Read More Read More

Peony White ?>

Peony White

White tea dates back as far as the T’ang Dynasty (618-907 AD) and soon became the choice of royal courts. White tea did not undergo much change until 1885 when specific varietals of tea bushes were selected to make Silver Needle and other specialty white teas. Chinese exportation of these fine teas began in 1891. Recent studies reveal that white teas have moreantioxidant or cancer fighting benefits (polyphenols) than green tea. Rare, striking in appearance, and pleasant tasting, white tea gets its…

Read More Read More

Rooibos ?>


Rooibos is a broom-like member of the legume family of plants growing in South Africa. This plant has very similar growth and flowers to the red bush. The specific name linearis  comes from the plant’s linear growing structure and needle-like leaves. Featured Blend: Macaroon Rooibos

Oolong Formosa ?>

Oolong Formosa

Oolong is a traditional Chinese tea somewhere between green and black in oxidation, it ranges from 10% to 70% oxidation. Oolong tea offers tea enthusiasts a wide-ranging choice of styles, aromas, and flavors. In traditional Chinese tea shops oolong tea is sold as “wulong” or “black dragon” tea. Perhaps this tea is so named because its appearance resembles the twisting silhouette of the mystical Chinese dragon, which suggests authority and nobility. Featured Blend: Acai Oolong

Sencha Green ?>

Sencha Green

Green tea is tea made solely with the leaves of Camellia sinensis that have undergone minimal oxidation during processing. Green tea originates from China and has become associated with many cultures in Asia from Japan to the Middle East. In Japan, tea should exhibit three necessary characteristics: good aroma, good taste, and good appearance. Featured Blend: Green Nirvana

Darjeeling ?>


Darjeeling is grown high in the Himalayas above 7000 feet in cool misty conditions. Darjeeling tea is often called the “champagne of black tea” for they produce a liquor that is light, spicy-sweet, and smooth, which literally falls into its own category. Featured Blend: Queen’s Breakfast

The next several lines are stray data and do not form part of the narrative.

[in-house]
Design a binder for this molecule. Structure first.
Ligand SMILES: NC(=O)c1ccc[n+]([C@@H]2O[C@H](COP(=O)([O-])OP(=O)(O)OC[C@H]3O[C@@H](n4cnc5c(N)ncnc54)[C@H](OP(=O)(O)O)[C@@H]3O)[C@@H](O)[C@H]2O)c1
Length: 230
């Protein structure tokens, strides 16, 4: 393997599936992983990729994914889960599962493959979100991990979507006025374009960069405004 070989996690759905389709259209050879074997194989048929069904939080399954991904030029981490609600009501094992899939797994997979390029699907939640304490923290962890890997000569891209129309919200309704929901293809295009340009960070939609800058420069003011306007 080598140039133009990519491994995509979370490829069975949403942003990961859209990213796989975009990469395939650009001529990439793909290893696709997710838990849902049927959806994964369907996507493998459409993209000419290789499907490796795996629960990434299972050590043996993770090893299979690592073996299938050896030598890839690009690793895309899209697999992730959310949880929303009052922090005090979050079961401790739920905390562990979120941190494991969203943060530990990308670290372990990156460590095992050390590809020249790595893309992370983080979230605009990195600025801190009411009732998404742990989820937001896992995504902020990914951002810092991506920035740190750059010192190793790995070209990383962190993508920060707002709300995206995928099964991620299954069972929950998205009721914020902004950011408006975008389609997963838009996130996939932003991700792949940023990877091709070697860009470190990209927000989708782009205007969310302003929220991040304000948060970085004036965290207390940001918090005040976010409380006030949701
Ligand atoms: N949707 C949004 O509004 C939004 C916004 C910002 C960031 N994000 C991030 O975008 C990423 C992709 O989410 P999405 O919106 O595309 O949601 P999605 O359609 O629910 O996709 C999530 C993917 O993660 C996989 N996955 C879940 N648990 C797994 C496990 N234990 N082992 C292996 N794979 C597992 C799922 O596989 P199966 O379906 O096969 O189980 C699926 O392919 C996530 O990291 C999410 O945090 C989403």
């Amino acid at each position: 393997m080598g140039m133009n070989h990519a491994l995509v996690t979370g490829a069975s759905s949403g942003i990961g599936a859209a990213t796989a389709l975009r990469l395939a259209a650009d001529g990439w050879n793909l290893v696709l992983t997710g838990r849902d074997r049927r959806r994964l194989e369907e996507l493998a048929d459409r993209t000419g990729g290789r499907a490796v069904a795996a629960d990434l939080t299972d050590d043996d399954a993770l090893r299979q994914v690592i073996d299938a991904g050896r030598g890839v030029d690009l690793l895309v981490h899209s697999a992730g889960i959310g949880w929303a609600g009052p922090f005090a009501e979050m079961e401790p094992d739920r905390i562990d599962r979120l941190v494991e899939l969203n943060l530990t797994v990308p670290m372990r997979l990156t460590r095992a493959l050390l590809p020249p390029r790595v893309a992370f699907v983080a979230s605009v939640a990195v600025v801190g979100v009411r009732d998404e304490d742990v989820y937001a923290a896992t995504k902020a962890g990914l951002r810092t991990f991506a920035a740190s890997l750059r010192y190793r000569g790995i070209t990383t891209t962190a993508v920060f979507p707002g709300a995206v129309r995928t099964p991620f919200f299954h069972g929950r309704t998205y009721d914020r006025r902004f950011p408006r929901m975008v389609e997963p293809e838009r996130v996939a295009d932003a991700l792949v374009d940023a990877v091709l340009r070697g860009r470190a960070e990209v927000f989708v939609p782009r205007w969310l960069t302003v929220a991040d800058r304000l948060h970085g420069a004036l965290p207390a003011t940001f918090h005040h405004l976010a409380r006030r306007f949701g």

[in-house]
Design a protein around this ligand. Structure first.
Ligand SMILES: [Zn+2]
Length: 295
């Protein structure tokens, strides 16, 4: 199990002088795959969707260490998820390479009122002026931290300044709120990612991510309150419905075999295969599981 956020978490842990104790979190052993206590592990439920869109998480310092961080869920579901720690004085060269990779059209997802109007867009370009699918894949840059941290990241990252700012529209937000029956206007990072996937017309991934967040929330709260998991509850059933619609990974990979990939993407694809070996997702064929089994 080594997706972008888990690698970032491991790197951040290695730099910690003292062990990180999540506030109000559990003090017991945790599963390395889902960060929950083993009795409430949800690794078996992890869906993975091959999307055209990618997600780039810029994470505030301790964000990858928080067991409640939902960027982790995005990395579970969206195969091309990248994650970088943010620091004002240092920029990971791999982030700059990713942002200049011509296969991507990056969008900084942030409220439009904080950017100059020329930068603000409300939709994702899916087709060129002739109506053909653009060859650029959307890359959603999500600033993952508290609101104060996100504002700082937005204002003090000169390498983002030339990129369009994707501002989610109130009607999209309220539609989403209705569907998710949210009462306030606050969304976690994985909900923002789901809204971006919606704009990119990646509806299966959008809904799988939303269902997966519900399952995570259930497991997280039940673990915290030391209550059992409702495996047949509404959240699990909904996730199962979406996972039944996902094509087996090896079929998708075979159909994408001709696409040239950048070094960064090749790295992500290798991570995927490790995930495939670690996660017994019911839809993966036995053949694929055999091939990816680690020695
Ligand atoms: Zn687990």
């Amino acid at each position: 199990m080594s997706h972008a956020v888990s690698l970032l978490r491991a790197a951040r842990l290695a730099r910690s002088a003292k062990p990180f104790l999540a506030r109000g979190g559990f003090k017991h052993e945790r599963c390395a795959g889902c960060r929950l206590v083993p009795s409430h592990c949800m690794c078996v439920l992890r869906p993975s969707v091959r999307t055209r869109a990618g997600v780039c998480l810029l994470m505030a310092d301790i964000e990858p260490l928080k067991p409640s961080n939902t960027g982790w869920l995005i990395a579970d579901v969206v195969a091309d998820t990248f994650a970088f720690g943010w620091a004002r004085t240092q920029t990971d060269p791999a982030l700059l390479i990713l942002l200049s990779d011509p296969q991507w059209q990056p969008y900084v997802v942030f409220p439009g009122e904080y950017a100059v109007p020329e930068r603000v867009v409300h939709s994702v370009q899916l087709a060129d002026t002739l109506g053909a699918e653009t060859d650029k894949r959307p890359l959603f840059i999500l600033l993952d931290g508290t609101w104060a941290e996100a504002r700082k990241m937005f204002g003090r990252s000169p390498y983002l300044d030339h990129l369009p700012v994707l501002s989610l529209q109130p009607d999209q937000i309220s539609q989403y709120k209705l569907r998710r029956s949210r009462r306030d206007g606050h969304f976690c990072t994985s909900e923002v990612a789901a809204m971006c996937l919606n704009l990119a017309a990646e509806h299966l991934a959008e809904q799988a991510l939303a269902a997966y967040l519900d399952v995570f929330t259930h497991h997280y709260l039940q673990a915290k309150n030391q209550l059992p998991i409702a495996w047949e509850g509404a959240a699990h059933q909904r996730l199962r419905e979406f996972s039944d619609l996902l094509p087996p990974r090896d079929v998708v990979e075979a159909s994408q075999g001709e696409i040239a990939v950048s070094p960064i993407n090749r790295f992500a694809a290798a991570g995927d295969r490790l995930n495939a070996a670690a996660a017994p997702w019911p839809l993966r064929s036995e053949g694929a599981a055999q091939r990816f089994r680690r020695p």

Ceylon ?>


Until 1870, Sri Lanka had no clue about tea or its cultivation. Their major crop was coffee. In the year 1869, a major leaf virus broke out and destroyed almost all coffee crops. Then the tea cultivation of ceylon started in Sri Lanka. Ceylon tea is rich in antioxidants and therefore helps in lowering the risk of getting cancer, it also has lots of antioxidants which help in reducing cholesterol levels thereby preventing high blood pressure and heart attacks. Featured…

Read More Read More

Assam ?>


Assam is a black tea named after the region of its production (Assam, India). This tea grown at sea level is known for its body, briskness, malty flavor, and strong, bright color. Tea drinkers in England, Ireland, Scotland, and parts of Europe believe strong black tea should be drunk with milk and sugar. India and Sri Lanka, along with Kenya, produce the largest quantities of black tea. Featured Blend: Rose Chai, Queen’s Breakfast